I apologize for making it seem like I'm laughing at you. It is only the situation that is humorous to me. If you just made a mistake (or two) and didn't understand the point or use of code tags, well here is a pointer. In the window you are typing your post in, first type: [code], then type or paste your code, then type [/code]. Like this:

    [code]
    int main()
    {
    int num = 3 + 2;
    }
    [/code]

    which ends up looking like this:
    Code:
    int main()
    {
        int num = 3 + 2;
    }
    Ahhh, much better now.

  4. #4
    Registered User jlou's Avatar
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    As far as your problem goes, I didn't see a question, but it appears you need help understanding how to use classes. Well, your Money class has a constructor that takes a char* and an int. In order to use the class, you must create an instance of the Money class. When creating an instance, you must supply the arguments to pass to one of the available constructors. In this case, there is only one constructor, so you must pass it a char* and an int.

    In your code, you use what appear to be variables called m1, m2, m3, and m4. It looks like they are supposed to be of type Money, but you don't declare them anywhere. (In fact, you don't declare any of the variables in main().) You must declare these variables and initialize them with the appropriate constructor arguments. Here is an example:
    Code:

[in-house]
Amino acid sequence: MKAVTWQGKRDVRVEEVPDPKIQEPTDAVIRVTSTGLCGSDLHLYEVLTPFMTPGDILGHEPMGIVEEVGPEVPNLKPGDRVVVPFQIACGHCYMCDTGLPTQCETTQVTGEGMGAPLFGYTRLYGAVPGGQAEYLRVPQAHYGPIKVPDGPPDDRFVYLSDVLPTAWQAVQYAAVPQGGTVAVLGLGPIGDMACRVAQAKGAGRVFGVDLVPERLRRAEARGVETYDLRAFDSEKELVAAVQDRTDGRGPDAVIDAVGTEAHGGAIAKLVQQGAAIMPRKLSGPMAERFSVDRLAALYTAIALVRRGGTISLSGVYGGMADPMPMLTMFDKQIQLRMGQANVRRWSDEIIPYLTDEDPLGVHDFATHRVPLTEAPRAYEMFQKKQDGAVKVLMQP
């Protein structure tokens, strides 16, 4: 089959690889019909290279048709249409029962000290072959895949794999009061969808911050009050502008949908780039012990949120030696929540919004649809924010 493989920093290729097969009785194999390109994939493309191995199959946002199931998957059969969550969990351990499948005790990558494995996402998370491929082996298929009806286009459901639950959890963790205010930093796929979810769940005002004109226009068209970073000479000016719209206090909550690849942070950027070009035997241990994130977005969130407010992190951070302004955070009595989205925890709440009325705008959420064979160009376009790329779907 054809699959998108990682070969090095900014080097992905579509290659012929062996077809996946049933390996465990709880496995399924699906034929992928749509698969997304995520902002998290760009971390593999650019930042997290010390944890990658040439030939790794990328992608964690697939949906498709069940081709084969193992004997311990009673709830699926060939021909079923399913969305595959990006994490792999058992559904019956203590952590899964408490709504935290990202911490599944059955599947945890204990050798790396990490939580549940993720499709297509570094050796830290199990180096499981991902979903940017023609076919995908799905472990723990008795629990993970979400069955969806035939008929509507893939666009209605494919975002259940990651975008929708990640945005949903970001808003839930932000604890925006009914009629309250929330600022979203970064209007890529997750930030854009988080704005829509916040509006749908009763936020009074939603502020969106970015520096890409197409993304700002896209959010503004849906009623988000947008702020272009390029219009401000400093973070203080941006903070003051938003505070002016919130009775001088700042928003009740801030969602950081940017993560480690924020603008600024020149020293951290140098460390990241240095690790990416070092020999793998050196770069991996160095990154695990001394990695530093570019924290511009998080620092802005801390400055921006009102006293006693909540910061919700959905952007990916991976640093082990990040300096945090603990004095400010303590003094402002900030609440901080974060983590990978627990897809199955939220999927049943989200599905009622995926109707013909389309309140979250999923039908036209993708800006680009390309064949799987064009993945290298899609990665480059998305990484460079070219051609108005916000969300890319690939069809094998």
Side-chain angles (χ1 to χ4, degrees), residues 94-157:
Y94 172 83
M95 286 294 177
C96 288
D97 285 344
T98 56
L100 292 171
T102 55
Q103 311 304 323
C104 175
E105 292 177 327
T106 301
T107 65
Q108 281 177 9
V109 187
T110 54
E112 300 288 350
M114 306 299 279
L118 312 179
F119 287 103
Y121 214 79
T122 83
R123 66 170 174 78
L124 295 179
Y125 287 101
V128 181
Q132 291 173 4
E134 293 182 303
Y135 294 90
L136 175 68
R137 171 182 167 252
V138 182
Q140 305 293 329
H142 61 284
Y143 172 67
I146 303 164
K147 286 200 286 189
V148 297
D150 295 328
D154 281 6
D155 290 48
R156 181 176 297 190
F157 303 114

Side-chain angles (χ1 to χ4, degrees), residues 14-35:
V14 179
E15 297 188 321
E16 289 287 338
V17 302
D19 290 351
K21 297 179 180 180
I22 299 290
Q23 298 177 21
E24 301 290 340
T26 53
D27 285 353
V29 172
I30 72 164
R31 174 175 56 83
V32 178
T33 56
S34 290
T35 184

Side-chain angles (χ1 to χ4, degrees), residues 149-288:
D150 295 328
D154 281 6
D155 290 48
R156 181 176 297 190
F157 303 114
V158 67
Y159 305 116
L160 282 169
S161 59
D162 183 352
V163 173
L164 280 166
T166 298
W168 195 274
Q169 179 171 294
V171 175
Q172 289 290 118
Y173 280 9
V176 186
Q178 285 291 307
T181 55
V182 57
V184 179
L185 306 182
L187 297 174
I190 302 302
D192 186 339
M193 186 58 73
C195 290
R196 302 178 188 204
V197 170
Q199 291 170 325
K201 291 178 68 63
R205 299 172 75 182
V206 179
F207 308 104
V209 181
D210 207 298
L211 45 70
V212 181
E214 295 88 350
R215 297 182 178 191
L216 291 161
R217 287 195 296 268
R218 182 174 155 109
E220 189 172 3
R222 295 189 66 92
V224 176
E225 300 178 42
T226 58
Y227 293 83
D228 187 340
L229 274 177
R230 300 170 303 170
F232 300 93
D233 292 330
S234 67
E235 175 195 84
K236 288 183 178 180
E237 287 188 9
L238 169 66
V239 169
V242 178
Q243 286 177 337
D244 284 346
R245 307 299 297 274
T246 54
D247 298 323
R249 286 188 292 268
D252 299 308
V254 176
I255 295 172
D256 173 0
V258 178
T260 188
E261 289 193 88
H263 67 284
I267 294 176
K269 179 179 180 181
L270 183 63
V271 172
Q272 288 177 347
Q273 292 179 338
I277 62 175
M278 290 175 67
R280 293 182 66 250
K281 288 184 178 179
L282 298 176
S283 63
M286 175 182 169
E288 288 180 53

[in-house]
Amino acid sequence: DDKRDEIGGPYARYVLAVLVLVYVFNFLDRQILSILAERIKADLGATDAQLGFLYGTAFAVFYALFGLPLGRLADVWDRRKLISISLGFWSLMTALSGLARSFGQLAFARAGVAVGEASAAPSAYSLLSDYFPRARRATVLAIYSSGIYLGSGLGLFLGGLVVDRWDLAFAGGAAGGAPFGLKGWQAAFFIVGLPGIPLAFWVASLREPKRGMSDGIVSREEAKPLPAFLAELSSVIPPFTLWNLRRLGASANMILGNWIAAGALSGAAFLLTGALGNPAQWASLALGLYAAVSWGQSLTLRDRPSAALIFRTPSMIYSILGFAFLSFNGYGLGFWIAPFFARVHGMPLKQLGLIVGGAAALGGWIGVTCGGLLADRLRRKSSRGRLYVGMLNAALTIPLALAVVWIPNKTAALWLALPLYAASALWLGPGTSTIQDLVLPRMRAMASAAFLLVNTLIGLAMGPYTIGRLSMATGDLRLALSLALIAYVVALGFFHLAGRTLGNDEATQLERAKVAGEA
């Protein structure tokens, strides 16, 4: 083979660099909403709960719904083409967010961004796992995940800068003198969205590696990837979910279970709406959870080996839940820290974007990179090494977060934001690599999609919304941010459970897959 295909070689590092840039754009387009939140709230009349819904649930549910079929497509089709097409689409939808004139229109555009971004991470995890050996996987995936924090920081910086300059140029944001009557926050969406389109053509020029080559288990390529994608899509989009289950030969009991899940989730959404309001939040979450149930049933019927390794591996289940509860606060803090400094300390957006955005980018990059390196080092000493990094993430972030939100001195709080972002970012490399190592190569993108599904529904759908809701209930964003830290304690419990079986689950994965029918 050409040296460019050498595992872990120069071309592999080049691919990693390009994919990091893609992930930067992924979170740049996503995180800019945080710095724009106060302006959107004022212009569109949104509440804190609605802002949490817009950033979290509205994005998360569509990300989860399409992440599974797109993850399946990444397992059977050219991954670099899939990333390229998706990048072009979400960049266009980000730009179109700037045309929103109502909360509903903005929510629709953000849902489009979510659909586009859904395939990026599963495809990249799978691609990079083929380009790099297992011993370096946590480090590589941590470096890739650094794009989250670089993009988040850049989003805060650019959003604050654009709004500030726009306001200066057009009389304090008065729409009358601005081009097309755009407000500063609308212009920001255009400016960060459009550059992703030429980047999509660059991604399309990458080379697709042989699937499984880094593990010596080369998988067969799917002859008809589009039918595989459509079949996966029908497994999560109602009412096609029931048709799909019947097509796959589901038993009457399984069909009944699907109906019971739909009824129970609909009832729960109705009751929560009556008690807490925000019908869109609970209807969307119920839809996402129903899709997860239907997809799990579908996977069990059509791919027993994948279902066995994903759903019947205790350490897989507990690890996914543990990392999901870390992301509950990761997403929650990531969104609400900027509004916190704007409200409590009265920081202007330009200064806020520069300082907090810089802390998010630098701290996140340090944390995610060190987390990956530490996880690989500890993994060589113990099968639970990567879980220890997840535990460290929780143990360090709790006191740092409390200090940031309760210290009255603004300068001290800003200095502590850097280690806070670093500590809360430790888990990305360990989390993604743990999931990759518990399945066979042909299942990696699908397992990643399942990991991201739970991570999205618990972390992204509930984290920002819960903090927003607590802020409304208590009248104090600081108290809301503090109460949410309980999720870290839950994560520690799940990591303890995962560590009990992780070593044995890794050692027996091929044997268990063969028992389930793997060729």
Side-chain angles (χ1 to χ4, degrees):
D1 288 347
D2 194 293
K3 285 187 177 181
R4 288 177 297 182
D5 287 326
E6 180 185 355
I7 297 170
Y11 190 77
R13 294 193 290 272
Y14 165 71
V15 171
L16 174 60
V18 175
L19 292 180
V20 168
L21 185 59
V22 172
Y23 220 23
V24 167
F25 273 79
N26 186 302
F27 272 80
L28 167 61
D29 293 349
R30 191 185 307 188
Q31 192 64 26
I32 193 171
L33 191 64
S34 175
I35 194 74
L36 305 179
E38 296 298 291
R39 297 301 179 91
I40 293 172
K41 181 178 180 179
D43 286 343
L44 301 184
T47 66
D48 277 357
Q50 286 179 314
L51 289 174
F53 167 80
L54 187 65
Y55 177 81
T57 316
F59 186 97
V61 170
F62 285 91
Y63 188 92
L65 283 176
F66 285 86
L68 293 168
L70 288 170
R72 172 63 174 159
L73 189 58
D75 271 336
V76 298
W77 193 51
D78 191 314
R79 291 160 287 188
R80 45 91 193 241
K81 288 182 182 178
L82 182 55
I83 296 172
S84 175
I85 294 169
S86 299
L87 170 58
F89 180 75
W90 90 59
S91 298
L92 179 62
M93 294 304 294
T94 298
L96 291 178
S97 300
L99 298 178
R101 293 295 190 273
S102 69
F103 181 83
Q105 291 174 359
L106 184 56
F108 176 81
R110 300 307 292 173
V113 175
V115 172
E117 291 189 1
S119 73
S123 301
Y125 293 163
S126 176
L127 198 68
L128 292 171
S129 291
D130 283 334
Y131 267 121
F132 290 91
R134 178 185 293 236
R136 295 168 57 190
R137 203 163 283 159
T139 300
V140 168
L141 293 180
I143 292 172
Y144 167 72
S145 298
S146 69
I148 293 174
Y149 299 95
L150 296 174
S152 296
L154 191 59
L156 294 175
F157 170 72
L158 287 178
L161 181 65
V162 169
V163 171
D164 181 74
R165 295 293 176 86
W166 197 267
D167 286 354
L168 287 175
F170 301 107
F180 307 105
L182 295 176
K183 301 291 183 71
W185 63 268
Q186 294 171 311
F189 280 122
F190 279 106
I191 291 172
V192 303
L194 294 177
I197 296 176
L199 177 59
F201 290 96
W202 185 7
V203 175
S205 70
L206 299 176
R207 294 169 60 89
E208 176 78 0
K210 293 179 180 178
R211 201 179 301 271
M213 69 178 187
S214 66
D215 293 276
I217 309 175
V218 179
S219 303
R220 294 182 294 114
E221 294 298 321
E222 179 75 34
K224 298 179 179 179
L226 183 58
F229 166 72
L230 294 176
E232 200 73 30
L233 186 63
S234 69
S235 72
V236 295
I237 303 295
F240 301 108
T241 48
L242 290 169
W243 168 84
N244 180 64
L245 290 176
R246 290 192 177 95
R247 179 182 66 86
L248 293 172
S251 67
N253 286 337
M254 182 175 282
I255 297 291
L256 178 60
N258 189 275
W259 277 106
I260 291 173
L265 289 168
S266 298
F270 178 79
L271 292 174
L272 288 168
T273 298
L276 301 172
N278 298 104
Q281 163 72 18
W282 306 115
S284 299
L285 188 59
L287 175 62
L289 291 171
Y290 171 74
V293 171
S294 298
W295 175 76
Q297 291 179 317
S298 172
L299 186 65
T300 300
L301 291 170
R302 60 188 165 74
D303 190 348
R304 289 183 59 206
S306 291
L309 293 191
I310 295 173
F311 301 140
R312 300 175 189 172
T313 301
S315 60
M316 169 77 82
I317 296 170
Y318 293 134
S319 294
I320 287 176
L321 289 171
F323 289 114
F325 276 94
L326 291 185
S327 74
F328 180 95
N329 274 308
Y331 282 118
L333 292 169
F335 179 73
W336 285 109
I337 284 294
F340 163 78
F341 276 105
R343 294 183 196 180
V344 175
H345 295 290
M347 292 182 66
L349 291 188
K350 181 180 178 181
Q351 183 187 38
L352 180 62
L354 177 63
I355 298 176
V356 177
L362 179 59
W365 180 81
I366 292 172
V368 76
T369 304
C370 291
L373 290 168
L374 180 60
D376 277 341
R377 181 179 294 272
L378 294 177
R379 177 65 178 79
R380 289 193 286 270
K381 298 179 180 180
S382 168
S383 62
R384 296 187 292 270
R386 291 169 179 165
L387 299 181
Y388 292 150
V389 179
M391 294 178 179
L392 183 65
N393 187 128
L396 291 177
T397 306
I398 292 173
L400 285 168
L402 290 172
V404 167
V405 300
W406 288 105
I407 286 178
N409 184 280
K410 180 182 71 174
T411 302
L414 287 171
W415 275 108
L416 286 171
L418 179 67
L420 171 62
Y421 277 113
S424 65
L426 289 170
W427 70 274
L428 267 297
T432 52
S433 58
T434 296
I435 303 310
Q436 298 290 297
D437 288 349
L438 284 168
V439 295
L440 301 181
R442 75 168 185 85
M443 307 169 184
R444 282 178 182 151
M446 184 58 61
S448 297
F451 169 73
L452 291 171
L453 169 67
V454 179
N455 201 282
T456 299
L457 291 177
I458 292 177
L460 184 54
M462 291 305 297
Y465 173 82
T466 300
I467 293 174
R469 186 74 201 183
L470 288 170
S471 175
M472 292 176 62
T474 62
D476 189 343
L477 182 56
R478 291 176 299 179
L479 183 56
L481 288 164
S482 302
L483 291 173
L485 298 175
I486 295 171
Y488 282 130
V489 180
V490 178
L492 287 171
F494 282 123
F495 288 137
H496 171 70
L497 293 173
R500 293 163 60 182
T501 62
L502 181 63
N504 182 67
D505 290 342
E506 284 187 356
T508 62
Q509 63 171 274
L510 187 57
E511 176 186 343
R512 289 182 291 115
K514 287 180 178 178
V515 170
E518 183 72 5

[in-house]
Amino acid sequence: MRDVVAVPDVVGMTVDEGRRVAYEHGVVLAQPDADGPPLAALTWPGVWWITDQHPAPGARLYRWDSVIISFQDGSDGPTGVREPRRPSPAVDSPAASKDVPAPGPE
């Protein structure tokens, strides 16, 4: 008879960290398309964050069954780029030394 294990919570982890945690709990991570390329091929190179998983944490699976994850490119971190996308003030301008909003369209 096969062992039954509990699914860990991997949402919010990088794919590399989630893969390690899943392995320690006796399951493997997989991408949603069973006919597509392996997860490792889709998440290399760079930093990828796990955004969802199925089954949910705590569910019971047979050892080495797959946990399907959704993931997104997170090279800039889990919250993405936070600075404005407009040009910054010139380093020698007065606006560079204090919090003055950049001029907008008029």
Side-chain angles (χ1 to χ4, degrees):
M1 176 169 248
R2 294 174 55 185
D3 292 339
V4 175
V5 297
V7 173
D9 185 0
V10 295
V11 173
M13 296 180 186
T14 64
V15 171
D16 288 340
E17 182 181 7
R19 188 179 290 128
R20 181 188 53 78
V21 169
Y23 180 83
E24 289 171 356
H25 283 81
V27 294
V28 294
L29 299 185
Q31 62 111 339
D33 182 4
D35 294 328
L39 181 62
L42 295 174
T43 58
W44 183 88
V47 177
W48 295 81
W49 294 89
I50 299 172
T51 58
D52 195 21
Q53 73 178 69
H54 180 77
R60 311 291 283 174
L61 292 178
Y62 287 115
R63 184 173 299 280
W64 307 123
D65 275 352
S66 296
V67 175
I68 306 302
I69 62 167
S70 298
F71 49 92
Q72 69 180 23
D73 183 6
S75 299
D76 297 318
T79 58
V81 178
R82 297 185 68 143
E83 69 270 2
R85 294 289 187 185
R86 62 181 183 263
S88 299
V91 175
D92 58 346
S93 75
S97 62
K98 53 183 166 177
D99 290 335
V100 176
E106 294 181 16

#include <iostream>
    
    class HelloWorld
    {
    public:
        HelloWorld(int num) { savedNum = num; }
        // Ignore this comment until you learn it but I would normally use an initialization list there.
    
        ~HelloWorld() { }
    
        void DoYourThing() { std::cout << "Number is: " << savedNum << std::endl; }
    
    private:
        int savedNum;
    };
    
    int main()
    {
        // Create an instance of HelloWorld named hw1 and pass in 5 to the constructor (your code needs this).
        HelloWorld hw1(5);
    
        // Use the instance of HelloWorld represented by the variable hw1.
        hw1.DoYourThing();
    
        // Create another instance and use it.
        HelloWorld hw2(7);
        hw2.DoYourThing();
    
        // Not necessary but your compiler might complain (if it does it is "wrong").
        return 0;
    }
    There are still a few other problems with your code, but hopefully this helps answer your "question" for now.

  5. #5
    WDT
    WDT is offline
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    1st of all read jlou's second post. As it's relevant to your problem. (the 1st only relates to forum conduct)

    2nd
    beware the use of C-strings when you use them you almost always have to allocate space to store them because in your constructor the char *pc and the related private member both point to the same memory what if that memory got changed by either pointer? 's always safe to:
    Code:
    pchange= new char[strlen(pc+1)]; strcpy(pchange, pc);
    that should keep pchange safe for each object you create. And remember since you are allocating memory remember to deallocate in your destructor (every book on C++ will show you how). Everything else has been pointed out by jlou. Good luck.